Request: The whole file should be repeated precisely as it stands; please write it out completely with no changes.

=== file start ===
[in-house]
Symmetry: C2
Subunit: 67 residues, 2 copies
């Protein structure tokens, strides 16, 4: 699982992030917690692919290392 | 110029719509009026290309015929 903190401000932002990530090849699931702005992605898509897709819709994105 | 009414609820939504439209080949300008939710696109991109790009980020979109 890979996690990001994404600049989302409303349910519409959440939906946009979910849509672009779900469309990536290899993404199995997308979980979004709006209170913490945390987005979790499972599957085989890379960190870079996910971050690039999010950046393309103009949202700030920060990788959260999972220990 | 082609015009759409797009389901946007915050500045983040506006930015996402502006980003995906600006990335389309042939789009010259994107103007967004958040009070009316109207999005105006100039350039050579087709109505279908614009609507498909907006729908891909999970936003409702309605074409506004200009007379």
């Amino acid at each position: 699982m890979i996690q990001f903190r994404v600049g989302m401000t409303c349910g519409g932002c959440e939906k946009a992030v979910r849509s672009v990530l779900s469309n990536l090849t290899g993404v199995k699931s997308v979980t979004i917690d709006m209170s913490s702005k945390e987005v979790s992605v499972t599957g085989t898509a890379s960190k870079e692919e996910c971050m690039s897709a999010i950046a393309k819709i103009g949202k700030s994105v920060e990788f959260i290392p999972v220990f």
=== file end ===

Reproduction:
[in-house]
Symmetry: C2
Subunit: 67 residues, 2 copies
């Protein structure tokens, strides 16, 4: 699982992030917690692919290392 | 110029719509009026290309015929 903190401000932002990530090849699931702005992605898509897709819709994105 | 009414609820939504439209080949300008939710696109991109790009980020979109 890979996690990001994404600049989302409303349910519409959440939906946009979910849509672009779900469309990536290899993404199995997308979980979004709006209170913490945390987005979790499972599957085989890379960190870079996910971050690039999010950046393309103009949202700030920060990788959260999972220990 | 082609015009759409797009389901946007915050500045983040506006930015996402502006980003995906600006990335389309042939789009010259994107103007967004958040009070009316109207999005105006100039350039050579087709109505279908614009609507498909907006729908891909999970936003409702309605074409506004200009007379």
């Amino acid at each position: 699982m890979i996690q990001f903190r994404v600049g989302m401000t409303c349910g519409g932002c959440e939906k946009a992030v979910r849509s672009v990530l779900s469309n990536l090849t290899g993404v199995k699931s997308v979980t979004i917690d709006m209170s913490s702005k945390e987005v979790s992605v499972t599957g085989t898509a890379s960190k870079e692919e996910c971050m690039s897709a999010i950046a393309k819709i103009g949202k700030s994105v920060e990788f959260i290392p999972v220990f």